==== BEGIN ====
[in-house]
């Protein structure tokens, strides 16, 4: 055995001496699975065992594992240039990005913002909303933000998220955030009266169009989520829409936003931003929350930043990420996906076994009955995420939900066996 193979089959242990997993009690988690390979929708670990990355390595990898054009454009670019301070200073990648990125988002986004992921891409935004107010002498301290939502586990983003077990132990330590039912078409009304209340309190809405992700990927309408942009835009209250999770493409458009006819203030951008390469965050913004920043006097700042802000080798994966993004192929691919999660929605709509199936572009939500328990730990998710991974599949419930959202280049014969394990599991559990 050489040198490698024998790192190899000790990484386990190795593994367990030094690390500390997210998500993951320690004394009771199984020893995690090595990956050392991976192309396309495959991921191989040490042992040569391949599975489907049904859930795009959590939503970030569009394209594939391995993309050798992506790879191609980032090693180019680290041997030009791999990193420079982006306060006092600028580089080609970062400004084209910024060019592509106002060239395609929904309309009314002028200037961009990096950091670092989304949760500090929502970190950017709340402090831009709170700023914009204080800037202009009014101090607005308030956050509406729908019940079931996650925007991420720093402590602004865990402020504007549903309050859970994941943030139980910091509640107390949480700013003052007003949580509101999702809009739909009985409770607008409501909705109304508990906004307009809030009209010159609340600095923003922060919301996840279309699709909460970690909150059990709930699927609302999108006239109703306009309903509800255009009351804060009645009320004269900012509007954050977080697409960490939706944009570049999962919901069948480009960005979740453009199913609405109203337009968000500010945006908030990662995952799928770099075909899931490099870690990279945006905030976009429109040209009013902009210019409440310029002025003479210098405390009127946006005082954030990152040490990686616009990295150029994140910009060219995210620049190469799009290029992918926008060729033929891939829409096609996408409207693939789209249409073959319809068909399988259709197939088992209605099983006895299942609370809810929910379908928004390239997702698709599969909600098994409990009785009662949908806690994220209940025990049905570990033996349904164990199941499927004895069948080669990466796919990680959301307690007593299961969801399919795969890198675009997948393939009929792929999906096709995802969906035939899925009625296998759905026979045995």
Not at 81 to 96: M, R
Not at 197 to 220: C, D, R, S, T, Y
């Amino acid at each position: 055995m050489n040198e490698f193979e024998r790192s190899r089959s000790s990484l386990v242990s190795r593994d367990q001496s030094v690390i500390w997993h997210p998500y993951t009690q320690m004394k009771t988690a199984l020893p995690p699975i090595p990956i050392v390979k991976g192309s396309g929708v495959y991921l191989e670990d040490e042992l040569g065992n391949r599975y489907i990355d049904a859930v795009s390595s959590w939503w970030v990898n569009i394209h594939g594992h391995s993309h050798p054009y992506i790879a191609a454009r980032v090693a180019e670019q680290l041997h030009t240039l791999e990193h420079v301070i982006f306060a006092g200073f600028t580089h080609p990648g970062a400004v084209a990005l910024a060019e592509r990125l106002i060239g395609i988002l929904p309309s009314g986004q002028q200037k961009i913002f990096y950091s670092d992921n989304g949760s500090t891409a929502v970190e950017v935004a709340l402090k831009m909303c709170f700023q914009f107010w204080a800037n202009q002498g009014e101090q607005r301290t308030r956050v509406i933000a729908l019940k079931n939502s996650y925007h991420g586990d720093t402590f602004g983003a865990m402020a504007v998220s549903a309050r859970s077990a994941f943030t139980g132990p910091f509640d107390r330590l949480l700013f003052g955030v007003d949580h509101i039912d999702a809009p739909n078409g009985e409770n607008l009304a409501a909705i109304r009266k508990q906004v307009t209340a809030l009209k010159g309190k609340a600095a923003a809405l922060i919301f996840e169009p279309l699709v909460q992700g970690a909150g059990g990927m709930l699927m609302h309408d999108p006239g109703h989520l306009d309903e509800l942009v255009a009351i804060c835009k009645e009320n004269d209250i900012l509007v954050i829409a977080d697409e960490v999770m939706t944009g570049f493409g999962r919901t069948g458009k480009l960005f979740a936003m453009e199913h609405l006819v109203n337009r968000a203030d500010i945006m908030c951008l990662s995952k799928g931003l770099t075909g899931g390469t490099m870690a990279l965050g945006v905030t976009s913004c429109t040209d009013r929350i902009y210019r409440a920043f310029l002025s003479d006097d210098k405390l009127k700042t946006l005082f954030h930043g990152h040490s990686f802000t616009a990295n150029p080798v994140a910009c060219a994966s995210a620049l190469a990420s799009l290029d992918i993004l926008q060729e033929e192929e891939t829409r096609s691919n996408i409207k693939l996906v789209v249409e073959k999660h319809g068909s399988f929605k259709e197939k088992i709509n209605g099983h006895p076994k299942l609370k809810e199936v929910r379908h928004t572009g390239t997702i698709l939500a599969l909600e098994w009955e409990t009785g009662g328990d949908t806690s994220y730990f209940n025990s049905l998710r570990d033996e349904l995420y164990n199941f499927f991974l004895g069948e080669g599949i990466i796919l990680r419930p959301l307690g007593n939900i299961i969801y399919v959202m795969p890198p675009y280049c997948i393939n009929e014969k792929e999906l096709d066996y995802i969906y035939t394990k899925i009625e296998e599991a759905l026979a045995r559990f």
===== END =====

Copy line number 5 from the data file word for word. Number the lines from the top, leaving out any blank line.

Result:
């Amino acid at each position: 055995m050489n040198e490698f193979e024998r790192s190899r089959s000790s990484l386990v242990s190795r593994d367990q001496s030094v690390i500390w997993h997210p998500y993951t009690q320690m004394k009771t988690a199984l020893p995690p699975i090595p990956i050392v390979k991976g192309s396309g929708v495959y991921l191989e670990d040490e042992l040569g065992n391949r599975y489907i990355d049904a859930v795009s390595s959590w939503w970030v990898n569009i394209h594939g594992h391995s993309h050798p054009y992506i790879a191609a454009r980032v090693a180019e670019q680290l041997h030009t240039l791999e990193h420079v301070i982006f306060a006092g200073f600028t580089h080609p990648g970062a400004v084209a990005l910024a060019e592509r990125l106002i060239g395609i988002l929904p309309s009314g986004q002028q200037k961009i913002f990096y950091s670092d992921n989304g949760s500090t891409a929502v970190e950017v935004a709340l402090k831009m909303c709170f700023q914009f107010w204080a800037n202009q002498g009014e101090q607005r301290t308030r956050v509406i933000a729908l019940k079931n939502s996650y925007h991420g586990d720093t402590f602004g983003a865990m402020a504007v998220s549903a309050r859970s077990a994941f943030t139980g132990p910091f509640d107390r330590l949480l700013f003052g955030v007003d949580h509101i039912d999702a809009p739909n078409g009985e409770n607008l009304a409501a909705i109304r009266k508990q906004v307009t209340a809030l009209k010159g309190k609340a600095a923003a809405l922060i919301f996840e169009p279309l699709v909460q992700g970690a909150g059990g990927m709930l699927m609302h309408d999108p006239g109703h989520l306009d309903e509800l942009v255009a009351i804060c835009k009645e009320n004269d209250i900012l509007v954050i829409a977080d697409e960490v999770m939706t944009g570049f493409g999962r919901t069948g458009k480009l960005f979740a936003m453009e199913h609405l006819v109203n337009r968000a203030d500010i945006m908030c951008l990662s995952k799928g931003l770099t075909g899931g390469t490099m870690a990279l965050g945006v905030t976009s913004c429109t040209d009013r929350i902009y210019r409440a920043f310029l002025s003479d006097d210098k405390l009127k700042t946006l005082f954030h930043g990152h040490s990686f802000t616009a990295n150029p080798v994140a910009c060219a994966s995210a620049l190469a990420s799009l290029d992918i993004l926008q060729e033929e192929e891939t829409r096609s691919n996408i409207k693939l996906v789209v249409e073959k999660h319809g068909s399988f929605k259709e197939k088992i709509n209605g099983h006895p076994k299942l609370k809810e199936v929910r379908h928004t572009g390239t997702i698709l939500a599969l909600e098994w009955e409990t009785g009662g328990d949908t806690s994220y730990f209940n025990s049905l998710r570990d033996e349904l995420y164990n199941f499927f991974l004895g069948e080669g599949i990466i796919l990680r419930p959301l307690g007593n939900i299961i969801y399919v959202m795969p890198p675009y280049c997948i393939n009929e014969k792929e999906l096709d066996y995802i969906y035939t394990k899925i009625e296998e599991a759905l026979a045995r559990f």